Literacy_in_AfghanistanNutrition and Education International (NEI) is aiding the Afghanistan government in carrying out nutrition programs that aim to improve literacy in Afghanistan.

Education has been a priority of the Afghan government postwar, but childhood stunting is affecting brain health and learning development in Afghan children. Studies have linked childhood stunting to poor cognitive development.

A third of Afghanistan’s population falls short of daily calorie needs, with 20 percent of the population lacking enough protein in their diet and 40 percent of children ‘stunted,’ or small for their age.

“A malnourished mother has a higher risk of delivering a fetus that is malnourished, small for its gestational age, and sometimes even premature,” explained child-health expert Zulfiqar Bhutta. “By virtue of this handicap, these babies often have issues with lifelong learning.”

To tackle the issue of food security in Afghanistan, NEI has been working with local governments and the United Nations World Food Programme (WFP) to encourage the farming of soybeans.

Soybean was selected because it contains high-quality protein, zinc, iron and plenty of calories. In a country recovering from a war, cultivating soybeans is the most economical option.

NEI program has also provided employment and education for Afghans. NEI has trained over 70,000 farmers on cultivating soybeans and how to turn them into flour and milk.

Soybean is not a traditional part of the Afghan diet or landscape and the endeavor was initially met with criticisms, but with government support and local trainers that teach villagers about the benefits of soy, the program has expanded.

In 2014, the Republic of Korea contributed $12 million to the WFP to build Afghanistan’s first soy milk factory. The leftover soybean pulp will be distributed to local women as chicken feed in order to encourage them to raise poultry and generate income.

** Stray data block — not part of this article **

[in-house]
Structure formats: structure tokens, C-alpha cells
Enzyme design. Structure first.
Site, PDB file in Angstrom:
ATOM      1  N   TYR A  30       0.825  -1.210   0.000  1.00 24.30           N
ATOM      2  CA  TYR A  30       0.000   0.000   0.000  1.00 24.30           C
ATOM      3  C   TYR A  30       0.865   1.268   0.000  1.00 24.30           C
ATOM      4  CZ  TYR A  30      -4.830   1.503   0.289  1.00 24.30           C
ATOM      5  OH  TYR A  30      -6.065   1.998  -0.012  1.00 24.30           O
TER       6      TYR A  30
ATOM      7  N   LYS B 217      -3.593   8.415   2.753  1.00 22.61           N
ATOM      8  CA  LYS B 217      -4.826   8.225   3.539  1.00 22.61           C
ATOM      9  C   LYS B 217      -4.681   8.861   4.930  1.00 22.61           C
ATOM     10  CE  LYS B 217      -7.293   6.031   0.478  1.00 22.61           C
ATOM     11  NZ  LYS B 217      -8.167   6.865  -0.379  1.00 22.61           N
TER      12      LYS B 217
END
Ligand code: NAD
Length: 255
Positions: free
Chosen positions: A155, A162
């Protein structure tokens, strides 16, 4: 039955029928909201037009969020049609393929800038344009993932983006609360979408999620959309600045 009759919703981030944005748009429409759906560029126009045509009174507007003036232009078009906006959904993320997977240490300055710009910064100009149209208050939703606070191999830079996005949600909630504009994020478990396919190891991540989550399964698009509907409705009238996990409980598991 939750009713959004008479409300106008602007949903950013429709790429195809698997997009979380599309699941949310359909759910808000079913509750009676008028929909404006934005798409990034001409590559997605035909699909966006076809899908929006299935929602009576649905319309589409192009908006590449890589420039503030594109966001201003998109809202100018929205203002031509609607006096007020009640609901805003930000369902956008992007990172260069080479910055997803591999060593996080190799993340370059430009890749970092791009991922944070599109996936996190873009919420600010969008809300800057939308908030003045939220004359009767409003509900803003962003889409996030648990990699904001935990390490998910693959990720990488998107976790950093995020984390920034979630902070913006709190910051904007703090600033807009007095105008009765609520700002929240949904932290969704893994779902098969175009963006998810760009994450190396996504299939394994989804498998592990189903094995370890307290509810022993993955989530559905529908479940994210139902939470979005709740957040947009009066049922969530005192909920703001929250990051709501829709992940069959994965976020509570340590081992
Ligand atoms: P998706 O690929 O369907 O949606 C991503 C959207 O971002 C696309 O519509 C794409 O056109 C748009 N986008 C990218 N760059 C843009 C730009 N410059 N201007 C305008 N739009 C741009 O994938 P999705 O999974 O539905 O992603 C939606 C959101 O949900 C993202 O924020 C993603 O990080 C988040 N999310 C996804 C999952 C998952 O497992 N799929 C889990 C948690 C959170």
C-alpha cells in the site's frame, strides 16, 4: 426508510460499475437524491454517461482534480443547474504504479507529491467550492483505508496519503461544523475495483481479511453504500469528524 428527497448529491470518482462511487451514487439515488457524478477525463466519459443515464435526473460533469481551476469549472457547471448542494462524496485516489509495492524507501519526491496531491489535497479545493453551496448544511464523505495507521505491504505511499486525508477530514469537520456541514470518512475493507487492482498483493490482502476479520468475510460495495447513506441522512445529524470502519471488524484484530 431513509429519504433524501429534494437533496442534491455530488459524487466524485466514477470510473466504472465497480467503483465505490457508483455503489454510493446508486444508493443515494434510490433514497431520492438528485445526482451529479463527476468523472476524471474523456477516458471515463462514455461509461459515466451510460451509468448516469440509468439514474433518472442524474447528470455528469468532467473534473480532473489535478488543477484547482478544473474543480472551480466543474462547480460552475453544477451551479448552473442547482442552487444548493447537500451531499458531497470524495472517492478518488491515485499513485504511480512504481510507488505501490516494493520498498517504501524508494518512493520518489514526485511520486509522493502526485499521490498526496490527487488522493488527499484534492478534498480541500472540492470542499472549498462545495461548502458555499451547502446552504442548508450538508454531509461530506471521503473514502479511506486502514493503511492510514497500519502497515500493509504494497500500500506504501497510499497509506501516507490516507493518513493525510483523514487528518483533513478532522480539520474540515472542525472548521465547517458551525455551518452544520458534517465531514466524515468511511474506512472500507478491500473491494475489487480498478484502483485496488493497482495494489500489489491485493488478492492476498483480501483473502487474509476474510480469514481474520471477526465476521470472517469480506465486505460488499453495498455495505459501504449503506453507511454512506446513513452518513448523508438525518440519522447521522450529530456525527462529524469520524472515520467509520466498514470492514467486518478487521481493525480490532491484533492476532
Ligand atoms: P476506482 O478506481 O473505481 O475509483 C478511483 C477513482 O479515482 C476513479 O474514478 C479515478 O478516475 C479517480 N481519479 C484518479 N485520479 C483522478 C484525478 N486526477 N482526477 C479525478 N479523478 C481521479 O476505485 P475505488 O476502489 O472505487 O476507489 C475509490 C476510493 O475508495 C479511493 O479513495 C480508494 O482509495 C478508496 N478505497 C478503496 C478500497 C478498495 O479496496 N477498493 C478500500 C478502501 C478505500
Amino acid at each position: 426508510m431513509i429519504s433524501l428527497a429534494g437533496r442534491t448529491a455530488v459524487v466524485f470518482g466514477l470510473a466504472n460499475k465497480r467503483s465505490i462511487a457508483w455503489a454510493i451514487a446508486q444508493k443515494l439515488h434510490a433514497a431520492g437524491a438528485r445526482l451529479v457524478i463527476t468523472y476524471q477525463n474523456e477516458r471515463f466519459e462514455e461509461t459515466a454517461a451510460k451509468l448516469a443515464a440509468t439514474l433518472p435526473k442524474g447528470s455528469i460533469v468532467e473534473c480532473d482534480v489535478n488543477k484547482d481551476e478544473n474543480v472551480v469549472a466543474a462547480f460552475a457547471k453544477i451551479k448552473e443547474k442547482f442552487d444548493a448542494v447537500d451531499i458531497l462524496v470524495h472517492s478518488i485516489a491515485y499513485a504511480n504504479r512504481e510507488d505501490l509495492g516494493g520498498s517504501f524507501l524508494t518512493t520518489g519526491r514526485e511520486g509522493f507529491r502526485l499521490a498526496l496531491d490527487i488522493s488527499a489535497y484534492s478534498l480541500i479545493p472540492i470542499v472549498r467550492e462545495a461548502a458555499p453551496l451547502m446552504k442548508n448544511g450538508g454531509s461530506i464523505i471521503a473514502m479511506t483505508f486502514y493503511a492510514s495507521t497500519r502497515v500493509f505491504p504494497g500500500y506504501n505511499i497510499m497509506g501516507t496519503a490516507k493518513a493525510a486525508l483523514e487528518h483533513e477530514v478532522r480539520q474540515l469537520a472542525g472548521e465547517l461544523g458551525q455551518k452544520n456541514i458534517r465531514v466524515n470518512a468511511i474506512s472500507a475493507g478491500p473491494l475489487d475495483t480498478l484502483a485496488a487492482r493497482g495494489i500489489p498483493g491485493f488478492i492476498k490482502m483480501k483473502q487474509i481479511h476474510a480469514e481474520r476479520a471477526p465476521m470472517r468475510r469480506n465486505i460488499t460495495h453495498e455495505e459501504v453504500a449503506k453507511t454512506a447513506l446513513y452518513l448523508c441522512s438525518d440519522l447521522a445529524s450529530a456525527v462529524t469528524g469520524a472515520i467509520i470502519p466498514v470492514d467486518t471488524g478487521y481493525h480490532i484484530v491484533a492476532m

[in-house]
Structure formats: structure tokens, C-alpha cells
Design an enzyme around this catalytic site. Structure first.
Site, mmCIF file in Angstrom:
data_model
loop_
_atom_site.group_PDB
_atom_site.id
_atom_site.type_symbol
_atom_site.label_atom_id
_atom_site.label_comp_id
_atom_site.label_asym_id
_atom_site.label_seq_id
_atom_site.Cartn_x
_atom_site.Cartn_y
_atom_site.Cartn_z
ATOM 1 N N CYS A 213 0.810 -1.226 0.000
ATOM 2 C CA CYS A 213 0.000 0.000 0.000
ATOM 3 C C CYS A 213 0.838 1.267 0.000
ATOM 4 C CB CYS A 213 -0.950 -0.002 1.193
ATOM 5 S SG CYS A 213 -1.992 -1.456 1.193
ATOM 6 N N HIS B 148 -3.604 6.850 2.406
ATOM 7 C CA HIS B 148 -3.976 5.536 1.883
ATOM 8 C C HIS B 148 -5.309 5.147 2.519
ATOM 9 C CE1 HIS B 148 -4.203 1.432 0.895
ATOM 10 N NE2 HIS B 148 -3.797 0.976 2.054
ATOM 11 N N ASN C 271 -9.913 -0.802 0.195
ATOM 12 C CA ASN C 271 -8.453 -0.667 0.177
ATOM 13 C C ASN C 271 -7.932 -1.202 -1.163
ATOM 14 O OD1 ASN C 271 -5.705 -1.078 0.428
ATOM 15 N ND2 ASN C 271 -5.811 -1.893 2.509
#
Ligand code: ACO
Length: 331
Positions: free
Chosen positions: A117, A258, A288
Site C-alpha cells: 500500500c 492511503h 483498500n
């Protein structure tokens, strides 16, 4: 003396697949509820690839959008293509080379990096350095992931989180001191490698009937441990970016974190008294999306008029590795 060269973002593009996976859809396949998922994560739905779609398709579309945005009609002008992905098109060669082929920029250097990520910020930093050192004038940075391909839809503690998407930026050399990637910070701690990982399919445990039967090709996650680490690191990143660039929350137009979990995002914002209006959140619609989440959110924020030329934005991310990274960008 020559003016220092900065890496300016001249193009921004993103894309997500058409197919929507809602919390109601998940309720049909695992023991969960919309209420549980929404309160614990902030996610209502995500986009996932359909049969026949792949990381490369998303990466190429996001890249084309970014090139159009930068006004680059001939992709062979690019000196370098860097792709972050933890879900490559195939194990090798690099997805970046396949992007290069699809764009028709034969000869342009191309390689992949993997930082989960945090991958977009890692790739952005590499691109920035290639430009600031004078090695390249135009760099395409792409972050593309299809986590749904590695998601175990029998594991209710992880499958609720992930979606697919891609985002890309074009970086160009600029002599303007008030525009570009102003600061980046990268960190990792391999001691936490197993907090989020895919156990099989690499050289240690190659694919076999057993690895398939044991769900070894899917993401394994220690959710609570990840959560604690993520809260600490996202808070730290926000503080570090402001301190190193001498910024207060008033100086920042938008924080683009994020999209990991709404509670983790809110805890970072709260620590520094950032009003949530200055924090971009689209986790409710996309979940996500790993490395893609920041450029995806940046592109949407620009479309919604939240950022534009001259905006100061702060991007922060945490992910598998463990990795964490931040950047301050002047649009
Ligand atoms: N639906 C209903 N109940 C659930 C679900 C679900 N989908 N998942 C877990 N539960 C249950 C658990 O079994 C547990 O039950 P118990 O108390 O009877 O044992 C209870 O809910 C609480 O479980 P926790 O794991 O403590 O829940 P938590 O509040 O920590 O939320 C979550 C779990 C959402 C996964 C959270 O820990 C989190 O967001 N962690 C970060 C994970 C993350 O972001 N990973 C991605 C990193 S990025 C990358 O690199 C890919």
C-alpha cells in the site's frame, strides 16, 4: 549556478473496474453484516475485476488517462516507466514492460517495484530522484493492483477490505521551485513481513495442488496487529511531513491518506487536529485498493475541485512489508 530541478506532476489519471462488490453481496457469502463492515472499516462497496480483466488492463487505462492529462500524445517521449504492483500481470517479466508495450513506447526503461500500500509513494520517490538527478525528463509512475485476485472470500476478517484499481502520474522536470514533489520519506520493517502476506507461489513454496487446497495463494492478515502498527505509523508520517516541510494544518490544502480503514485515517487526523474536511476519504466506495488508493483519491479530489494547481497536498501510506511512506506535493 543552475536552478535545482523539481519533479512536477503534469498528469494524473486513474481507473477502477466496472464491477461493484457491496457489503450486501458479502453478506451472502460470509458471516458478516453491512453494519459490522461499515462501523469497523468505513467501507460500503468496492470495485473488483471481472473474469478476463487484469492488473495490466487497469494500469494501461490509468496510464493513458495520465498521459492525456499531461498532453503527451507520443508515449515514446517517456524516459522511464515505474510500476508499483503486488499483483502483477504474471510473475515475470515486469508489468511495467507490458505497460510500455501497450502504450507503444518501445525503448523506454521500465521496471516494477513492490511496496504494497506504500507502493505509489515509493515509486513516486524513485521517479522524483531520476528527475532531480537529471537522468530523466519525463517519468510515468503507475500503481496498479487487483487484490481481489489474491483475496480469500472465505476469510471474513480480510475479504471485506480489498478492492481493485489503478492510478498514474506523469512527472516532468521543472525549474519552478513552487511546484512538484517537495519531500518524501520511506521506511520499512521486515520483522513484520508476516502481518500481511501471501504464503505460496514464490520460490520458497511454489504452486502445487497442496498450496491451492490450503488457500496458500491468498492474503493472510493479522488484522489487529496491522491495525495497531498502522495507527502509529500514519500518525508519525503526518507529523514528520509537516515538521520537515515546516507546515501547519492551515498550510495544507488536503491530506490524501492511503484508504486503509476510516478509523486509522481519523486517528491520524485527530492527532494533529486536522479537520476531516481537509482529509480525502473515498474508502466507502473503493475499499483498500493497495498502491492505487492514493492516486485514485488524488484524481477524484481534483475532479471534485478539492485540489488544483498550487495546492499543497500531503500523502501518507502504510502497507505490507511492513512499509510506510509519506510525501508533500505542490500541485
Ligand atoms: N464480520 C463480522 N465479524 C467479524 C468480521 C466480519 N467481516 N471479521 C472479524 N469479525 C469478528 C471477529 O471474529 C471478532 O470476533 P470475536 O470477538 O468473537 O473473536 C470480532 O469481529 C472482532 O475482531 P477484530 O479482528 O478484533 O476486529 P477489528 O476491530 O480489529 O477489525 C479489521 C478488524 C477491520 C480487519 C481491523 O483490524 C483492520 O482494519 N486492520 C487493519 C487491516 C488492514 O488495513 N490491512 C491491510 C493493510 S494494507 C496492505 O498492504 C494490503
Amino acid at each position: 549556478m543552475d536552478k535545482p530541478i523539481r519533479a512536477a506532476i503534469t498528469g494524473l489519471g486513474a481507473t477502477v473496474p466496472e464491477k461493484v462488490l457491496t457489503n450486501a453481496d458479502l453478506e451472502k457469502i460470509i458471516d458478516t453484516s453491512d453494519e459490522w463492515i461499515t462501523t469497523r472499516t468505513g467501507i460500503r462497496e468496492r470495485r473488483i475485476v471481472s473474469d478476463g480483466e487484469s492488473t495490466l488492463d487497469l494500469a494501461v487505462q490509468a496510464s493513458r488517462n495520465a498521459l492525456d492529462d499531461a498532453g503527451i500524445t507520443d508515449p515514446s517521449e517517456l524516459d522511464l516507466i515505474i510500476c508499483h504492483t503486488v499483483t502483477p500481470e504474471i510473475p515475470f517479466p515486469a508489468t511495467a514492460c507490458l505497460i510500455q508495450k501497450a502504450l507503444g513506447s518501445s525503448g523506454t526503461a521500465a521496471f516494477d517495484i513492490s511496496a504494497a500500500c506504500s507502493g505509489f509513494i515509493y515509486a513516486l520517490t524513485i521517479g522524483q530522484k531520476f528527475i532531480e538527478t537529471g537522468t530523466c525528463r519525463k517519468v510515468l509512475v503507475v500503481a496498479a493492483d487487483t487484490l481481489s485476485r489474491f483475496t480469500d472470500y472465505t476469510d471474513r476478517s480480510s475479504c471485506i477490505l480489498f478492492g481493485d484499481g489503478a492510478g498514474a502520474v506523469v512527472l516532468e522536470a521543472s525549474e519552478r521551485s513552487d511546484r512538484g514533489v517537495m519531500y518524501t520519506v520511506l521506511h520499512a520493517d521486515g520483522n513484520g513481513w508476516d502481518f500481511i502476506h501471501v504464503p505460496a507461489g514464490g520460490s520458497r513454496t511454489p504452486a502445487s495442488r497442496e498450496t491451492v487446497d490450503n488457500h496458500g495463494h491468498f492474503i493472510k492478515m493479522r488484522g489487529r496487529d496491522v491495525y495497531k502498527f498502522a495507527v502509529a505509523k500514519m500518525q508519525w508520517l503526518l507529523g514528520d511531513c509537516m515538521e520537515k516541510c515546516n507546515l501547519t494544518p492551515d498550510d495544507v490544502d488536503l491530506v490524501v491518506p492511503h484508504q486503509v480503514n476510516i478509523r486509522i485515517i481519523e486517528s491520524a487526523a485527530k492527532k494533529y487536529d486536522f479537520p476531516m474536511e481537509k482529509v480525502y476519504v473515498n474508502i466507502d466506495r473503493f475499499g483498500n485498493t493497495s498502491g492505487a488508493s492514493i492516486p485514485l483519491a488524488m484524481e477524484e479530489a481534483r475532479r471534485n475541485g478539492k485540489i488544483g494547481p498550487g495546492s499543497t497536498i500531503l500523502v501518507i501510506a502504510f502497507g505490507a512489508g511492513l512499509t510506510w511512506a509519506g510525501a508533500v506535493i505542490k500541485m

NEI aims to eliminate protein malnutrition all over Afghanistan by aid farmers in producing 300,000 metric tons of soybeans, which in turn will provide growing children with more protein in their diets, which then has a direct effect on increasing literacy in Africa.

Marie Helene Ngom

Sources: WFP, Project Literacy
Photo: Google Images


As Nutrition Improves, Developing Countries Get Smarter
To say poverty is a complex issue is an understatement. The conditions that lead to and perpetuate poverty occur across levels, making it different for individuals, organizations and governments to address. Targeting initiatives toward healthy individual development is imperative to reduce poverty in the long-term.

Poverty, at its core, is a stressor. An inability to gain access to proper nutrition, quality medical care and education greatly affect the well-being of individuals and families.

For children, the effects of extreme poverty are magnified, which has implications for brain development, psychological well-being and ability to handle conflict. Iodine deficiency, which is common in developing countries, can lead to neural tube defects during pregnancy, especially if the fetus is female.

Iodine deficiency is the most common preventable cause of mental retardation in children; the CDC estimates that 18 million children worldwide are born disabled as a result of the deficiency. Currently, two billion people are at risk for iodine deficiency.

Iodine, in addition to other micronutrients, is critical for healthy brain development and functioning. Initiatives to address micronutrient deficiency work to not only reduce world hunger but also ensure that children can have healthy brain development.

Ensuring healthy brain development is not just preventing deficiencies, it gives children increased potential to develop abstract thinking skills. As noted by James Flynn, a psychologist who researches global patterns of IQ scores, intelligence increases as societies modernize.

Through modernization, individuals are more likely to have access to education, have more cognitively demanding work and utilize logic more often in their daily lives. In turn, critical thinking becomes more necessary and there is a need for individuals to have strong working memory and abstract thinking skills.